- Wheatstone bridge, an electrical measuring instrument invented by Samuel Hunter Christie in 1833, but named after Sir Charles Wheatstone who improved and popularized it in 1843.
- Wike's law of low odd primes, a principle of design of experiments, was stated by Sir Ronald A. Fisher in 1935 but named by Edwin Wike in 1973.
- Yagi–Uda antenna, a successful and popular beam antenna, whose primary inventor was Shintaro Uda, but which was popularized by, and formerly popularly named for, his collaborator Hidetsugu Yagi.
- Zipf's law states that given some corpus of natural language utterances, the frequency of any word is inversely proportional to its rank in the frequency table. The law is named after George Kingsley Zipf, an early twentieth century American linguist. Zipf popularized Zipf's law and sought to explain it, though he did not claim to have originated it.
- Bailey–Borwein–Plouffe formula was discovered by Simon Plouffe, who has since expressed regret at having to share credit for his discovery.
- "Bessemer process". Encyclopædia Britannica. 2. 2005. p. 168.
- "Kelly, William". Encyclopædia Britannica. 6. 2005. p. 791.
- Heath, I. "Unacceptable File Operations in a Relational Database." Proc. 1971 ACM SIGFIDET Workshop on Data Description, Access, and Control, San Diego, California (November 11–12, 1971).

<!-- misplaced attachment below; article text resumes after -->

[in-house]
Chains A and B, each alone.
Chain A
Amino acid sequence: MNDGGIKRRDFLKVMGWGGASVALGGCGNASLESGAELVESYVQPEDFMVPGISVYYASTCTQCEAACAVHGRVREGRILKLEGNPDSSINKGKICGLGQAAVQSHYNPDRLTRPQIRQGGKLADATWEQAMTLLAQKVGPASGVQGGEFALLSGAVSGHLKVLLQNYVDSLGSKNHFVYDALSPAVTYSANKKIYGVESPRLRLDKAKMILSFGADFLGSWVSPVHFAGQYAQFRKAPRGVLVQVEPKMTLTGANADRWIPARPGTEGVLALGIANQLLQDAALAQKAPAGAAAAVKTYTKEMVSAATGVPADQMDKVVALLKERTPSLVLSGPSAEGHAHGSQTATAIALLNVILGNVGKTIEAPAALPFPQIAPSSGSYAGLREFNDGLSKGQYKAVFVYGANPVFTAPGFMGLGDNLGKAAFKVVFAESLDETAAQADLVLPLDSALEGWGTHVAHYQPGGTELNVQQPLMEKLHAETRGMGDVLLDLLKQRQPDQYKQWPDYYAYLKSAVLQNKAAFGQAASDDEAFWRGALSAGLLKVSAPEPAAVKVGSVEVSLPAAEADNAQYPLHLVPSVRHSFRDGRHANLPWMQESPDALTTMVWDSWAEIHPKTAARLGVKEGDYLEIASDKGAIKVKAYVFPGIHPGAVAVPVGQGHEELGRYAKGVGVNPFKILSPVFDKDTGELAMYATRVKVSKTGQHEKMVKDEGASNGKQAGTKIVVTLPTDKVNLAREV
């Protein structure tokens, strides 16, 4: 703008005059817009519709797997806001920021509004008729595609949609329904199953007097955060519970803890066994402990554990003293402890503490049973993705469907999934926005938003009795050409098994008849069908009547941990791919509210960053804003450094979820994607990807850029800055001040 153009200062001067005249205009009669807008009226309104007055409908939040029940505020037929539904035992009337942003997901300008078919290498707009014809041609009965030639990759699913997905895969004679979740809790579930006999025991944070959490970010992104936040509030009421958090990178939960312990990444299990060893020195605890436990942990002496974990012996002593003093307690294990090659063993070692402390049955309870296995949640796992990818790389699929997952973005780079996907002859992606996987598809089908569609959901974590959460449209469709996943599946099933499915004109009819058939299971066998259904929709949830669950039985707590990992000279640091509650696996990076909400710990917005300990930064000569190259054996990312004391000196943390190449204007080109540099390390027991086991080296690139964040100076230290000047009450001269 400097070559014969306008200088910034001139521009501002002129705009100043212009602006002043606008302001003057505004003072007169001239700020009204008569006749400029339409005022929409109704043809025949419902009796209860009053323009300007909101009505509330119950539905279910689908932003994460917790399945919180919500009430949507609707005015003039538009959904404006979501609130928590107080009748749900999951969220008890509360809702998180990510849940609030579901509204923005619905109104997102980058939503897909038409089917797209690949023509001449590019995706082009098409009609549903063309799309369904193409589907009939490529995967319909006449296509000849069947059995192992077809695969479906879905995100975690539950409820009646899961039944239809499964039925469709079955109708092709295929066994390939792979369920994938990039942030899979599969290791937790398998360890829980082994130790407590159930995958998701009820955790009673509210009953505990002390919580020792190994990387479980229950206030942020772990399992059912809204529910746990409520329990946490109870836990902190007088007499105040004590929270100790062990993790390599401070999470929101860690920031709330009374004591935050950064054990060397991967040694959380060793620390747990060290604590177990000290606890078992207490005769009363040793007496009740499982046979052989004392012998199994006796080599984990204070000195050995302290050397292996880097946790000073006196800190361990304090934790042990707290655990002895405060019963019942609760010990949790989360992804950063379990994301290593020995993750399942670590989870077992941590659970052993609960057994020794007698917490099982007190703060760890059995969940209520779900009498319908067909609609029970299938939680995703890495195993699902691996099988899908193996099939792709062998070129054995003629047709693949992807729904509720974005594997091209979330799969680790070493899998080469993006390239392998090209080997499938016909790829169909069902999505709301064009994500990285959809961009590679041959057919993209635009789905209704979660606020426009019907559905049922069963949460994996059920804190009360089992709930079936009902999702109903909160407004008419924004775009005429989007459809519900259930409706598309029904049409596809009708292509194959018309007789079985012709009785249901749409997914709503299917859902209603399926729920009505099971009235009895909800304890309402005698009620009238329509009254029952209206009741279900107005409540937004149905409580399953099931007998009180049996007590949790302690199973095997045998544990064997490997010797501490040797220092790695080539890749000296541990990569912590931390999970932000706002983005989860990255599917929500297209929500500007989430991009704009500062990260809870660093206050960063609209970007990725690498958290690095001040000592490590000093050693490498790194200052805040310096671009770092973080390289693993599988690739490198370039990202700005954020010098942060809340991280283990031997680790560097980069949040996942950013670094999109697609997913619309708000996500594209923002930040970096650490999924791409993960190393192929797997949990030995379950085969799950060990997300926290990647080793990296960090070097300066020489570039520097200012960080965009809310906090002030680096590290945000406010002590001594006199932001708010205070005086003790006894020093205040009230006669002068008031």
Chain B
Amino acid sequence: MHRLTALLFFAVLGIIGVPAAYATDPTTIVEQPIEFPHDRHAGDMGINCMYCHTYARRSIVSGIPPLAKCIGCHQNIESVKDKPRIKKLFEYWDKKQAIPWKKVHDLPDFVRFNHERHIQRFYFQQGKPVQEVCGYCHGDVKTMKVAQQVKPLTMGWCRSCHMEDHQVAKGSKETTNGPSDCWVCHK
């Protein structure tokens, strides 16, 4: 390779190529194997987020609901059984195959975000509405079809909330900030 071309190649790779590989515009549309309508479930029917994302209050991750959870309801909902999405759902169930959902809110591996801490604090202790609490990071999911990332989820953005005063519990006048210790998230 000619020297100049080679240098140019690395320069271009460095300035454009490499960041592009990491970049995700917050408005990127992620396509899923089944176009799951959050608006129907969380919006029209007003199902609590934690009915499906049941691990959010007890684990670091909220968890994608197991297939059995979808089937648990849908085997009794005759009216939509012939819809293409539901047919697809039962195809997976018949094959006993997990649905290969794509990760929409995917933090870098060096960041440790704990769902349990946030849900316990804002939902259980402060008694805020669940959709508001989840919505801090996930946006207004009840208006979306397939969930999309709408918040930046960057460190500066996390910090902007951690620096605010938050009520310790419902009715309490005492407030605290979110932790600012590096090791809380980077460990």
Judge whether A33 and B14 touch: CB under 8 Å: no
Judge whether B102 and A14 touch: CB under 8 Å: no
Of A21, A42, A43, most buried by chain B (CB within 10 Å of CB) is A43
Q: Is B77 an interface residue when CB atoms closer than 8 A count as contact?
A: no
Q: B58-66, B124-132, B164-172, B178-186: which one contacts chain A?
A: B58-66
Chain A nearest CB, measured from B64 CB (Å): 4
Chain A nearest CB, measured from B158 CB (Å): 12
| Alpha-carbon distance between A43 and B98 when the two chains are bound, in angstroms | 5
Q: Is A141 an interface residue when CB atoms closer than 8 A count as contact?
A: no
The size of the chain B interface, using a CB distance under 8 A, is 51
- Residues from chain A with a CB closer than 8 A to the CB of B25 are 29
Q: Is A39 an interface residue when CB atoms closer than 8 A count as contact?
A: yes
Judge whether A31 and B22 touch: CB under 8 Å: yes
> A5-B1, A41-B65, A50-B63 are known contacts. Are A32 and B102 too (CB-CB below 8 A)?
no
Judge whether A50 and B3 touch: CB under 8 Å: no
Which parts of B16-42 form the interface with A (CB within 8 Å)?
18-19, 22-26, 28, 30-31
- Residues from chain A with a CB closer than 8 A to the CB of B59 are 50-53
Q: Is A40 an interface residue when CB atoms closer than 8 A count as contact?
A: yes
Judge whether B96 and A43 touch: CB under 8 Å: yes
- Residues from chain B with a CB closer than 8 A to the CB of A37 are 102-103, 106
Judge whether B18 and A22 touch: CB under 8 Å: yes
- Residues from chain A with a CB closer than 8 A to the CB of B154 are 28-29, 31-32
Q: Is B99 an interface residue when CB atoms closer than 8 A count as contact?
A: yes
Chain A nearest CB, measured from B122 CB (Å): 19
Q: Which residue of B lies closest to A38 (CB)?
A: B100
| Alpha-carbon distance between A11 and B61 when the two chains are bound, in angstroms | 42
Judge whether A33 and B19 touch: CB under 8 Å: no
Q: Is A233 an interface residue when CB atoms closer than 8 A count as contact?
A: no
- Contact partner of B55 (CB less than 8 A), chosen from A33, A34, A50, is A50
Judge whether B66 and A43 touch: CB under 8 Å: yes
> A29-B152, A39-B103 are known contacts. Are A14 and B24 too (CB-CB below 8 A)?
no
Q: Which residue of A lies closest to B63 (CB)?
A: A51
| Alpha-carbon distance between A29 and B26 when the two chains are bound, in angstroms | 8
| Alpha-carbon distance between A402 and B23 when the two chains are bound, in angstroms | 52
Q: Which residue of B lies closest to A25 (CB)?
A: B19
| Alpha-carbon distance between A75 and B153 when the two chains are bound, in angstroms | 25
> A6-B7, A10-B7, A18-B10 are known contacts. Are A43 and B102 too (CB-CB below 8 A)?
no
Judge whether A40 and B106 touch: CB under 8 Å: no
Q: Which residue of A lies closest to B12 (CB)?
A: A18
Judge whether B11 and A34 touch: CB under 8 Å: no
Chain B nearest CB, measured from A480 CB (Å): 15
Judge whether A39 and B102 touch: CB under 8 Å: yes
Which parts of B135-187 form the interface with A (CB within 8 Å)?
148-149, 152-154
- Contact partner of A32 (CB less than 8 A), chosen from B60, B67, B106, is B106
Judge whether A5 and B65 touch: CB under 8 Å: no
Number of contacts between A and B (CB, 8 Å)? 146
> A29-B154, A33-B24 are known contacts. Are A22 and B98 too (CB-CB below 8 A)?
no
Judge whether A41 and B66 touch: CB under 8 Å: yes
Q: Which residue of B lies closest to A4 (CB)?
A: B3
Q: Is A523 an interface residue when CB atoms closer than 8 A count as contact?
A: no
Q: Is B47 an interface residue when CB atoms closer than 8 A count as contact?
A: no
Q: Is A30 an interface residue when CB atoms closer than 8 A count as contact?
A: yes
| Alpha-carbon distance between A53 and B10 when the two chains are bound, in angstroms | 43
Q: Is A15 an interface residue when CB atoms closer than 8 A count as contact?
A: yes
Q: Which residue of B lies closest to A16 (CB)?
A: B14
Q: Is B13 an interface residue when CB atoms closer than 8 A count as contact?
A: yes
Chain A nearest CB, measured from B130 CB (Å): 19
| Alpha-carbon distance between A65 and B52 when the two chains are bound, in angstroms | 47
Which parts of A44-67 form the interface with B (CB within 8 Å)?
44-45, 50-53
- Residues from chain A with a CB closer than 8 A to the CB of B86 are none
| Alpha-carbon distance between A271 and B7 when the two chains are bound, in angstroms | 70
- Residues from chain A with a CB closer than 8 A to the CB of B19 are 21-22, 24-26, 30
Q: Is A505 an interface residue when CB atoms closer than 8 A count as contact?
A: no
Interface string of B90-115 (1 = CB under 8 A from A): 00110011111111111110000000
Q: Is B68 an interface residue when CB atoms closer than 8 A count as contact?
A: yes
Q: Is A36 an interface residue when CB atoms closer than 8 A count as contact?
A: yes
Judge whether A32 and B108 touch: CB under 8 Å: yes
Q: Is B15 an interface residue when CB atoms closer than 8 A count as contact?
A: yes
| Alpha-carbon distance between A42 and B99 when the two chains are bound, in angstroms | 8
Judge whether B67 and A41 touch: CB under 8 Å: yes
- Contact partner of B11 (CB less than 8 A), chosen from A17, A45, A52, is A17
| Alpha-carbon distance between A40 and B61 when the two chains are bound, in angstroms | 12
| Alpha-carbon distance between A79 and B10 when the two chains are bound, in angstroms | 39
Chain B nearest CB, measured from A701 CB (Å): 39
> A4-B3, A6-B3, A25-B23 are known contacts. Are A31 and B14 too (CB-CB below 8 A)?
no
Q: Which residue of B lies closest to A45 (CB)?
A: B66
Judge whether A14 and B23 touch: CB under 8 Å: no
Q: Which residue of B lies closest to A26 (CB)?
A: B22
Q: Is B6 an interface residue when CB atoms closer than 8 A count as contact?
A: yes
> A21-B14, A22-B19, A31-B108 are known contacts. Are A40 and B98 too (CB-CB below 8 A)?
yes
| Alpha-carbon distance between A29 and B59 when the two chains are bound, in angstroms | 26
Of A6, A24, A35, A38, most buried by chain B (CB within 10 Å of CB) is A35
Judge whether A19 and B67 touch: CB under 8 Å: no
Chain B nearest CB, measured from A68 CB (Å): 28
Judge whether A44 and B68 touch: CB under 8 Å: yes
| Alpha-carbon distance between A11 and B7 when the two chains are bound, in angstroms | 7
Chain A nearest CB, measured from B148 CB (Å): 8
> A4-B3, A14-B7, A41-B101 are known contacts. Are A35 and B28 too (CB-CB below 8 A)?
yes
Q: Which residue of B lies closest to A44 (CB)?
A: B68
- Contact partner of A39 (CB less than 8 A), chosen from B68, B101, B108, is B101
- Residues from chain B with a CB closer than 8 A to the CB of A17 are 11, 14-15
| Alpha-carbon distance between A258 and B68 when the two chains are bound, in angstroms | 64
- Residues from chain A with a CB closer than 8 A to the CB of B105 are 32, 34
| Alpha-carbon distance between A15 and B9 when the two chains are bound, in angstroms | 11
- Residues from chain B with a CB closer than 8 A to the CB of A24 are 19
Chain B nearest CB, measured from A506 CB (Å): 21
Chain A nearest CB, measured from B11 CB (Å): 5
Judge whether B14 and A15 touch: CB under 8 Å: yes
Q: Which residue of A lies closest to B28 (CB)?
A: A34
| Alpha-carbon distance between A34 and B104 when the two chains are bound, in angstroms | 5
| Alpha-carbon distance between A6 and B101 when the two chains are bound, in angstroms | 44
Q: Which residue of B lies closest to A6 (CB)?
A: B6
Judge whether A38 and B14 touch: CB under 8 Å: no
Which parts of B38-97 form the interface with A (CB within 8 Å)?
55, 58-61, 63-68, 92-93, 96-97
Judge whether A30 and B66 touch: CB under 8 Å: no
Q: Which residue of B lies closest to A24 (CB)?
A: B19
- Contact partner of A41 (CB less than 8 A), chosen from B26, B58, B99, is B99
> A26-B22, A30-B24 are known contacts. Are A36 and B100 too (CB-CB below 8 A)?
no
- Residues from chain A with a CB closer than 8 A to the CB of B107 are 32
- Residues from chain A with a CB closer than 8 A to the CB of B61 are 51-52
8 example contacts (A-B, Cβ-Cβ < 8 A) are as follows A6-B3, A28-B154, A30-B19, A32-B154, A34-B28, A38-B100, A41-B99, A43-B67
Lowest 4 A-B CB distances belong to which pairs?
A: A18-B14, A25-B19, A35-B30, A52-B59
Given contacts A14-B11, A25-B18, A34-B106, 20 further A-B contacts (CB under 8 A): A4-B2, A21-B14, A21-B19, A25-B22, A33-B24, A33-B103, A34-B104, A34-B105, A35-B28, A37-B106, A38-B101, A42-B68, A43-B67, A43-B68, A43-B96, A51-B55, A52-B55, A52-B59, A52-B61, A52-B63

- Date, C.J. Database in Depth: Relational Theory for Practitioners. O'Reilly (2005), p. 142.
- https://www.nytimes.com/2017/09/25/opinion/descartes-is-not-our-father.html. Missing or empty
- Chernoff, Herman (2014). "A career in statistics" (PDF). In Lin, Xihong; Genest, Christian; Banks, David L.; Molenberghs, Geert; Scott, David W.; Wang, Jane-Ling. Past, Present, and Future of Statistics. CRC Press. p. 35. ISBN 9781482204964.
- Grimmett, Geoffrey (2006). "Random‑Cluster Measures". The Random‑Cluster Model. Grundlehren der Mathematischen Wissenschaften. Springer. p. 6. doi:10.1007/978-3-540-32891-9_1. ISBN 978-3-540-32891-9. ISSN 0072-7830. LCCN 2006925087. OCLC 262691034. OL 4105561W. Archived (PDF) from the original on 2016-02-13.
There is a critical temperature for this phenomenon, often called the Curie point after Pierre Curie, who reported this discovery in his 1895 thesis ... In an example of Stigler’s Law ... the existence of such a temperature was discovered before 1832 by [Claude] Pouillet....
- Hodrick, Robert, and Edward C. Prescott (1997), "Postwar U.S. Business Cycles: An Empirical Investigation," Journal of Money, Credit, and Banking, 29 (1), 1–16.
- Whittaker, E. T. (1923): On a new method of graduation, Proceedings of the Edinburgh Mathematical Association, 78, 81–89 – as quoted in Philips 2010
- Cf. Clifford A. Pickover, De Arquímides a Hawking,p. 137
- PhD-Design Discussion List, 7 January 2013, https://www.jiscmail.ac.uk/cgi-bin/webadmin?A2=ind1301&L=phd-design&D=0&P=11022
- Physics, Robert Resnick, David Halliday, Kenneth S. Krane. volume 4, 4th edition, chapter 46
- Parkinson, J, Bedford, DE. Electrocardiographic changes during brief attacks of angina pectoris. Lancet 1931; 1:15.
- Brow, GR, Holman, DV. Electrocardiographic study during a paroxysm of angina pectoris. Am Heart J 1933; 9:259.
- Prinzmetal, M, Kennamer, R, Merliss, R, et al. A variant form of angina pectoris. Preliminary report. Am Heart J 1959; 27:375.
- Grattan-Guinness, Ivor (1997): The Rainbow of Mathematics, pp. 563–564. New York, W. W. Norton.
- Powers, David M W (1998). "Applications and explanations of Zipf's law". Association for Computational Linguistics: 151–160.